Out of some two dozen questions posed to local government candidates at two candidate forums last week, the one that elicited the strongest reaction was the last.
At a candidate forum hosted by the Woodinville Chamber of Commerce last Thursday, Dave Witt, executive director of the Chamber, asked City Council candidates Bernie Talmas and Brad Walker a question that some Chamber members had suggested.
Negative press coverage of Woodinville could be hurting the city’s reputation and making it hard to attract customers, visitors and businesses to Woodinville, Witt began.
"If elected, what will you do to ensure the City Council provides strong, visionary leadership through disagreements that will always exist?" he asked.
Talmas began on a conciliatory note: "We’ve reached an agreement on everything," despite disagreements among council members, he said.
Then, Talmas said that all of his supporters are citizens, and since all of Walker’s donors are businesses, it appears the business community is participating in the attacks.
"If you’re concerned, and you should be, you should talk to other Chamber members," Talmas told the audience. "... It’s coming from you."
Walker reiterated that he’s not connected to the campaign against Talmas and said he found the accusation offensive.
"The council absolutely is in control of what the media writes" by controlling its own behavior, Walker said.
After the forum, Talmas clarified that he was only accusing certain members of the Chamber, not the whole Chamber.
"We hoped to get the candidates to look forward and tell us how they would get the leadership to have a more positive tone," Witt said after the meeting. "We were taken aback ... when the Chamber was sort of blamed for the negativity."
The Chamber advocates for issues, not candidates, Witt said.
Will Bruce, owner of Windermere Real Estate and a member of the Chamber, contributed $500 to Walker’s campaign.
"I felt really affronted. It bothered me to no end that he insinuated that the people in that room were responsible for the political ads and mudslinging," Bruce said of Talmas’ remarks. "Some days I wish we could just wipe the slate clean and start anew with new folks," he added.
Before that question, candidates told how they would solve problems of parking and traffic congestion, and what opportunities the city should pursue and what pitfalls it should avoid for economic development.
Walker, Susan Boundy-Sanders and Paula Waters suggested a circulator bus that would take visitors to the tourist district, eliminating the need for more parking there. Boundy-Sanders, Talmas and Waters also mentioned ongoing development projects, such as Woodin Creek Village and Woodinville Village, that will provide more parking and grid roads when complete.
Walker said the city needs to simplify the permitting process to attract more businesses, because "we have a strong reputation of just saying ‘no’" to prospective businesses, he said. Waters agreed and said the planning commission, of which she’s a member, is working on doing that.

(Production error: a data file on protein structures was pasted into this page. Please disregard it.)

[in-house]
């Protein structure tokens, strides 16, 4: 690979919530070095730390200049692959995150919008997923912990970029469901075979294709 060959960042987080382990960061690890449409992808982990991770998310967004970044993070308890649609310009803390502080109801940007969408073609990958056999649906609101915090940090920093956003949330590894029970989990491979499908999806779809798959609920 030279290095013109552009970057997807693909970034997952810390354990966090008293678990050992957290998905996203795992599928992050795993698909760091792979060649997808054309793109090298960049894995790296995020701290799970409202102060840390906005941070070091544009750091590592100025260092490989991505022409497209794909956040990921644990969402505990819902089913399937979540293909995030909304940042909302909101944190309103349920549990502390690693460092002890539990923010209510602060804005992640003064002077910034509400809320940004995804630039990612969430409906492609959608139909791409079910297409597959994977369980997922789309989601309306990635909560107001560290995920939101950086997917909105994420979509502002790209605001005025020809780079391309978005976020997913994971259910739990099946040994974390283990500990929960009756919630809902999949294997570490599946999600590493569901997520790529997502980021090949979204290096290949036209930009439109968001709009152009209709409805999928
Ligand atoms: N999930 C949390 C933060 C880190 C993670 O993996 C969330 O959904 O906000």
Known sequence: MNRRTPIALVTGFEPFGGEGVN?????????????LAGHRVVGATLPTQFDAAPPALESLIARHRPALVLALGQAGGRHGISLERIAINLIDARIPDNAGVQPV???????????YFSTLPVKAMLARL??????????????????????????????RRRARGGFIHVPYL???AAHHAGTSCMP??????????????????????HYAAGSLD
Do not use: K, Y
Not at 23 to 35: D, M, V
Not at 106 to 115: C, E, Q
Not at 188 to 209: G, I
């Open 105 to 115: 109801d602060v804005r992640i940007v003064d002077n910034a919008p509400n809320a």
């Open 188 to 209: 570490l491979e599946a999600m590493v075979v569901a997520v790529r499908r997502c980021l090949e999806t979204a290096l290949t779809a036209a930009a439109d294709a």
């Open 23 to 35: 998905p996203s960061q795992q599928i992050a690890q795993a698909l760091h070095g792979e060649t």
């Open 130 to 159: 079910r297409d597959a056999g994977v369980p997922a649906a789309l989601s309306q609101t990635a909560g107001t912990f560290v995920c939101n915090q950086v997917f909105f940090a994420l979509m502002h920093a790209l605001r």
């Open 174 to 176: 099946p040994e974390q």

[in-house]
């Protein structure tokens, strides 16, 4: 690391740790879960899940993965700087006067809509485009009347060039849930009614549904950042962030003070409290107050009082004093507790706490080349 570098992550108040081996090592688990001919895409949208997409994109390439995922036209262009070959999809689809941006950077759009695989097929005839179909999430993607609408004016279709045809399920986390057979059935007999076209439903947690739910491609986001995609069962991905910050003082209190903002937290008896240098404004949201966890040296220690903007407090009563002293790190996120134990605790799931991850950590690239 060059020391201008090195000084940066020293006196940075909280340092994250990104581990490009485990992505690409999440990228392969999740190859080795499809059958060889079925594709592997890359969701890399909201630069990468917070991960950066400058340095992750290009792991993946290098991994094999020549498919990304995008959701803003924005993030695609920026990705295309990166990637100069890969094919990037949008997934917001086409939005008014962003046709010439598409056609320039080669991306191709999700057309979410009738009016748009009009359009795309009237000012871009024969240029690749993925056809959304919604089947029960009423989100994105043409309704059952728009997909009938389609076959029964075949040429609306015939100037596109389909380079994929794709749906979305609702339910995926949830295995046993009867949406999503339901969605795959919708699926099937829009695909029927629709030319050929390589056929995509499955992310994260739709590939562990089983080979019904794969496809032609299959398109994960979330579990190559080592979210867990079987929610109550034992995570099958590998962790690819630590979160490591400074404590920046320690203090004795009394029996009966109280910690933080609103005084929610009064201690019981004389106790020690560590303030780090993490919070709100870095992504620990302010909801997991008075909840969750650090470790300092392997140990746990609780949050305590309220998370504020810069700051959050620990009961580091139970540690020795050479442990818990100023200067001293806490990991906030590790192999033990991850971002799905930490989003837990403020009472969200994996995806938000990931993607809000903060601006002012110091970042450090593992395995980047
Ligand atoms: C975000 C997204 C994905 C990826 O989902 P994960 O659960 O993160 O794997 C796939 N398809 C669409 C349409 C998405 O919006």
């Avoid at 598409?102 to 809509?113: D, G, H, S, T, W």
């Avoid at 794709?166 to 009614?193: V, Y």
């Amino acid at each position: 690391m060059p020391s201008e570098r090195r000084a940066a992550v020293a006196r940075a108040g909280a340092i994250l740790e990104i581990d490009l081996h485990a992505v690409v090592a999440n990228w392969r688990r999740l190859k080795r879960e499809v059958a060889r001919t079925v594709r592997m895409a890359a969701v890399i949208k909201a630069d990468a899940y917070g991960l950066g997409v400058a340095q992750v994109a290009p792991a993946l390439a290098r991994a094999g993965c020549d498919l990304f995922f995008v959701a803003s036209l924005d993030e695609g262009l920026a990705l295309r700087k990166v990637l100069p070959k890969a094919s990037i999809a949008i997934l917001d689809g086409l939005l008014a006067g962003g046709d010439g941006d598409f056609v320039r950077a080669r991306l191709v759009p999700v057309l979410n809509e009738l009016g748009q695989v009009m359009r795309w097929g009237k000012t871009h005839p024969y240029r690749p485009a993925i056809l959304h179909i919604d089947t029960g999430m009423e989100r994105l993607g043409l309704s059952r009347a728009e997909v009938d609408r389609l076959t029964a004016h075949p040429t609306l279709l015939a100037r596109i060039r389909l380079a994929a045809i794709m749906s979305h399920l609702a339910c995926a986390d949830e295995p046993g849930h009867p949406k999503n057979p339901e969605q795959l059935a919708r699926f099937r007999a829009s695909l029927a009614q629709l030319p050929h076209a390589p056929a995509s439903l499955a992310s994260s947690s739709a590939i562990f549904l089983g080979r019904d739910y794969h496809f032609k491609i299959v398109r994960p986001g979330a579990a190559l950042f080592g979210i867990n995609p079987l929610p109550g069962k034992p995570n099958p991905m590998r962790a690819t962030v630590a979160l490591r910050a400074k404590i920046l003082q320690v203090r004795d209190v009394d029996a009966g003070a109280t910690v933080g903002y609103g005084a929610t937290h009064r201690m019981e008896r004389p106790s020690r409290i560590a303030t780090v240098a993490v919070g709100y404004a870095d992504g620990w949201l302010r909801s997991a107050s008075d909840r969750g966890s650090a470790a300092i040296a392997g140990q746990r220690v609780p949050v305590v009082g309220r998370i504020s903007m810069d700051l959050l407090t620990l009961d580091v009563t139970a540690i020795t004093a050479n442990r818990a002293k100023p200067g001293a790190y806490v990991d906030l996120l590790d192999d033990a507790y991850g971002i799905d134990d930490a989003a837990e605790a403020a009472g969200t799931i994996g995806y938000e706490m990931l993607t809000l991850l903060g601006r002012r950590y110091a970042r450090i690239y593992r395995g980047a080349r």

An earlier candidate forum at the Willows Lodge last Monday was more subdued. The city council candidates agreed with each other on many questions. King County Councilmember Rod Dembowski’s opponent, Naomi Wilson, didn’t attend. Only the candidates for Woodinville Water Commissioner, Rick Chatterton (who was appointed earlier this year) and Dale Knapinski, clashed — on the issues of expanding the sewer system and rising water rates.
Knapinski said the water district’s Resolution 3725 gives the Board the power to force homeowners to connect to the sewer system "if there is an overriding issue of public interest such as health and safety," which could encompass any reason, Knapinski argues.
Chatterton affirmed the Board’s position — that state law gives the water district the power to force people to connect to the sewer system – but said the district doesn’t seek out new connections.
"Should Mr. Knapinski wish to change Resolution 3725, he will need to start with our representatives in Olympia," Chatterton said.
A question from the audience asked the water commissioner candidates to justify a 20 percent rate increase.
Chatterton explained that that person’s rate increase was likely due to the district’s graduated, scaled pay system, which makes water more affordable for people with low incomes. Knapinski promised to stop rates from increasing if he’s elected.
The two candidates agreed on one thing — that the district shouldn’t use reclaimed wastewater from Brightwater Treatment Plant — but for different reasons.
Chatterton said he’d like to use the reclaimed water for irrigation in the Sammamish River Valley, but since the area only has two months of dry weather, it’s not cost effective. If King County or private developers wanted to pay for the pipes, he would support it, he said.
Knapinski said he wouldn’t want to use reclaimed wastewater for irrigation since it still contains pharmaceuticals and heavy metals, but he would like to use reclaimed rainwater.